Why new road sign rules could spell trouble for motorists

Thinking Highways
By Thinking Highways April 25, 2016 11:45

Why new road sign rules could spell trouble for motorists


The Government’s “bonfire of the traffic signs” risks turning into a flood of litigation as drivers appeal against parking and speeding fines on the grounds of insufficient signage, writes Joe Dunn.

The warning  comes in the wake of new powers given to councils aimed at decluttering Britain’s roads, which come into effect today.

Under the new system, councils have the power to remove signs they deem unnecessary, including those indicating residents’ parking spaces as well as speed limit repeater signs, which appear on many of the country’s roads.

The Government claims the move will reduce “pointless” road signs and is a key part of its drive to deregulate the transport network. It will also save councils an estimated £30?million over the next four years in upkeep costs.

Motoring experts, however, claim that the changes are a “mess” and may result in drivers being unfairly penalised. They say many will be within their rights to appeal against speeding fines and parking penalty charges issued on roads where signs have been removed, and that courts will be more likely to find in their favour.

The confusion has echoes of the Government’s previous attempts at deregulating transport policy when it abolished the tax disc last year and axed the paper counterpart driving licence. Both moves quickly turned to farce as thousands of drivers found themselves clamped after forgetting to renew their tax without the visual reminder in their windscreen, while holidaymakers found they couldn’t hire cars without their paper counterpart licence.

Parking tickets on windscreen

The new powers, contained in the Traffic Signs Regulations and General Directions (TSRGD), were unveiled last week and came into effect yesterday. However, when designing roads and signs, many councils rely on guidelines laid out in a 187-page document called the Traffic Signs Manual, or TSM. It specifies how and where signs should be displayed: on a 50mph road, for example, repeater signs, used to remind drivers of the prevailing limit, should be spaced a maximum of 450 metres (1,476ft) apart. On a 40mph road the distance should be no more than 350 metres (1,148ft). Signs indicating parking restrictions are recommended to be placed 30 metres (98ft) apart.

The guidelines can also be used by courts and parking appeal panels to help decide whether a driver was guilty of an offence in cases where the driver claims there was insufficient signage.

 Critics point out that these guidelines have not been updated in anticipation of the changes contained in the new regulations, and that no guidance on the new rules has been issued to councils. They say the oversight means that in cases in which councils have removed speed limit repeater signs or parking restriction signs in line with government recommendations, courts and parking appeal panels are more likely to find in the driver’s favour.

Simon Morgan, of the Institute of Highway Engineers (IHE), who represented the body during the Government’s consultation process on the new law, said the IHE was broadly in favour of reducing roadside clutter but that important issues had not been thought through. He said: “Until more guidance is available on using the new [sign removal] options, many authorities are uncertain how parking adjudicators and the courts will handle any problems of public understanding.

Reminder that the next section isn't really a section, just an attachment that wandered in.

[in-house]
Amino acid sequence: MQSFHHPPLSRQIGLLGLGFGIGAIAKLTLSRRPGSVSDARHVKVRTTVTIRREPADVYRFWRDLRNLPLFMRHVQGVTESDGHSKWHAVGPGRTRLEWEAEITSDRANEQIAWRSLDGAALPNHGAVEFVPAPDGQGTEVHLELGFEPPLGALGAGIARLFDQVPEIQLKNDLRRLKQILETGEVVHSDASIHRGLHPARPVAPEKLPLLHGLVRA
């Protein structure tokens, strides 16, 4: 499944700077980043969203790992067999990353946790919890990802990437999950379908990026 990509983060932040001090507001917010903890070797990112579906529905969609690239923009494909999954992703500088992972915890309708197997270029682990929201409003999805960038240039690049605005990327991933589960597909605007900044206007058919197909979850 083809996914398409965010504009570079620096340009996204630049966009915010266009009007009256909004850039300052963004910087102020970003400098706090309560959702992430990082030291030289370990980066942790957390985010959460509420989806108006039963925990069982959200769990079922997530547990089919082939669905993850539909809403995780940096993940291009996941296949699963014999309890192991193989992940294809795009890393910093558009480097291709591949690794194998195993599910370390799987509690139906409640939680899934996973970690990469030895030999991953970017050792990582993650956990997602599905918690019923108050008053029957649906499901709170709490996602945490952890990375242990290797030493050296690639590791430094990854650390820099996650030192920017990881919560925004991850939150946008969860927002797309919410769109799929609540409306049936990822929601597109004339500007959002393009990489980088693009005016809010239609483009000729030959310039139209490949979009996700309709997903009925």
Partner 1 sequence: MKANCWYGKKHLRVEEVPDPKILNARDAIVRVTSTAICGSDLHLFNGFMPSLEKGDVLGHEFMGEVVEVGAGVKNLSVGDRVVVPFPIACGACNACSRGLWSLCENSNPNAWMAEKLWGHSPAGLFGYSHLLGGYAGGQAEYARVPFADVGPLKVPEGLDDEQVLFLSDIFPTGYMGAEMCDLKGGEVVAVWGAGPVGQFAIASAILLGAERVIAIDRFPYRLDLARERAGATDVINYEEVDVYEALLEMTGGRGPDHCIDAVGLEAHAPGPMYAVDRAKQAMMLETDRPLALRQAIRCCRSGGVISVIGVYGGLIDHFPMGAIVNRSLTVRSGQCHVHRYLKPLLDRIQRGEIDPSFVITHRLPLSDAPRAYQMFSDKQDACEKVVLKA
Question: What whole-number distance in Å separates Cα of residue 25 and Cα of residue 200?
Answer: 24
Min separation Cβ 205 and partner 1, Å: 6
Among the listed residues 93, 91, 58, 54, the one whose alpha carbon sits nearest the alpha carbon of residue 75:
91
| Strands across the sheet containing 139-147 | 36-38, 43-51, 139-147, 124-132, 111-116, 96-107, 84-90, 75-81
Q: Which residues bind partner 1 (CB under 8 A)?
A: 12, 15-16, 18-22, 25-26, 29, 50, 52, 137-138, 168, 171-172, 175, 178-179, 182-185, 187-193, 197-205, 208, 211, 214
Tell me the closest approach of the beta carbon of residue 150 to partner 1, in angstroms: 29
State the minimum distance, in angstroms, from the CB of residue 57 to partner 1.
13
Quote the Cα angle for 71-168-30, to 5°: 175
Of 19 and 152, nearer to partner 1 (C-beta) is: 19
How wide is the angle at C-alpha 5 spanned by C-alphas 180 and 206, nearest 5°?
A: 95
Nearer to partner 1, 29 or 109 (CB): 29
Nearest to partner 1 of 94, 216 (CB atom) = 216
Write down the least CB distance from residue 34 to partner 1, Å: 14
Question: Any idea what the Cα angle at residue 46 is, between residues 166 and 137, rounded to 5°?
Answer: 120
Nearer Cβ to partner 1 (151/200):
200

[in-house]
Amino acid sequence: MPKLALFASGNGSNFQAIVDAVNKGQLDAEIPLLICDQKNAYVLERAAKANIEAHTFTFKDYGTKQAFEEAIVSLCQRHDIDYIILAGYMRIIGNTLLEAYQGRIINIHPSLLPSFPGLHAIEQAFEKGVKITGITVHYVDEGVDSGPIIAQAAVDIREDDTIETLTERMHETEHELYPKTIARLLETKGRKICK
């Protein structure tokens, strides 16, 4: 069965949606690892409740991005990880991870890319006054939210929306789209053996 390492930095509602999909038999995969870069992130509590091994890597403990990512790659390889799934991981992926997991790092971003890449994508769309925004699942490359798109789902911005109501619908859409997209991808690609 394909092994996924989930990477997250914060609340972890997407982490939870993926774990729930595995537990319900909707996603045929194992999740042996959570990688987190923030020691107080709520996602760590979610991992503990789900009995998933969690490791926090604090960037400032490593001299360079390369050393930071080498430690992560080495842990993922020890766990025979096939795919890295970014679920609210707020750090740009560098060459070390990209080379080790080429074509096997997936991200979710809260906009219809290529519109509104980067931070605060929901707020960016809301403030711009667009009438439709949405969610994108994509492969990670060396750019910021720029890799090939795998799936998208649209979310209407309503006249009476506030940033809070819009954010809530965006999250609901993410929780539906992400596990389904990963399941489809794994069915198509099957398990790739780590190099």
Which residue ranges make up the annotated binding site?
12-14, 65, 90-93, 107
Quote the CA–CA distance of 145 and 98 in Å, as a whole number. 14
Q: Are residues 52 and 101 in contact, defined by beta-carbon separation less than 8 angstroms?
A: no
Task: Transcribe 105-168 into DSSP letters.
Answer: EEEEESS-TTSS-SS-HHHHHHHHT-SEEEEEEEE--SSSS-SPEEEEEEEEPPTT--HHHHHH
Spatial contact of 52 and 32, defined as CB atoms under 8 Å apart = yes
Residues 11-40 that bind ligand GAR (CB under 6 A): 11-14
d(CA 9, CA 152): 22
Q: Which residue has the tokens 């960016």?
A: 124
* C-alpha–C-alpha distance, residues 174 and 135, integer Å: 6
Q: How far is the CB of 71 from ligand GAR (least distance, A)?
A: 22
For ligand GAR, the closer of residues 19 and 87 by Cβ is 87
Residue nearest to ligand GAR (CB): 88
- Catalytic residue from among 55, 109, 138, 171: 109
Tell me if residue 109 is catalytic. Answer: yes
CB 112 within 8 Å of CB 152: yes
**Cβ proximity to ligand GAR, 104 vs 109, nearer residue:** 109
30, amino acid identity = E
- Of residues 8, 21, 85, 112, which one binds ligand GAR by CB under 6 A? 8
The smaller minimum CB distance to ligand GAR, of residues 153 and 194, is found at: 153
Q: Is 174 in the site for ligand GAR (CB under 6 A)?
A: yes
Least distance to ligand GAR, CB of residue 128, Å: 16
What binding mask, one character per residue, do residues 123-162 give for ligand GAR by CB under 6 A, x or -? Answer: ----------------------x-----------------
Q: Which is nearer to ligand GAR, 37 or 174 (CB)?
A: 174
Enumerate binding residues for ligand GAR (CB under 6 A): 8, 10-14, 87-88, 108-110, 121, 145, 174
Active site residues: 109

“Reducing clutter is an admirable objective, but for it to work there needs to be information for road users to help them understand a regime of fewer signs.”

Legal experts say the new rules could open the floodgates to drivers appealing against speeding tickets. Nick Freeman, the lawyer known as “Mr Loophole” after defending celebrities such as David Beckham and Jeremy Clarkson in speeding cases, said: “Insufficient signage is a very strong defence and courts look favourably on it. It is a legal requirement that the signs are clear and it is made obvious to the driver what the speed limit is.

“Each case would be judged on its merits, but in cases where the driver is genuinely unaware of the limit because the signs weren’t there, or had been removed, I would expect a positive outcome.”

Confusion at multiple road signs

Inadequate signage is already a common reason for which to appeal against and penalty charges. The Traffic Penalty Tribunal, which hears appeals against penalties for parking, bus lane and moving traffic contraventions in England and Wales outside London, says that in 2015 about 2,000 drivers who appealed (about 10 per cent) their parking charge used the “insufficient signage” defence – of which approximately half were successful.

Caroline Shepherd, chief adjudicator at the Traffic Penalty Tribunal, said: “It may be the case that residents know that a road is restricted to permit holders and they may feel signs clutter the street. But the restrictions should be clear to visitors or strangers, too. We will have to wait and see what effect the new rules have.

“It may well be that in its early days, if a motorist feels the signing isn’t clear the council will accept that and explain it is still working out how to use signage and will not enforce the fine. If it does decide to enforce, it will be up to the adjudicators to decide on a case-by-case basis.”

The Department for Transport defended the changes, saying a new TSM was in the process of being drawn up and further guidance was being issued. A spokesman said: “Councils are still required to put in place signs where restrictions are in force to ensure that motorists are properly informed, and they can continue to refer to the current Traffic Signs Manual.”

Thinking Highways
By Thinking Highways April 25, 2016 11:45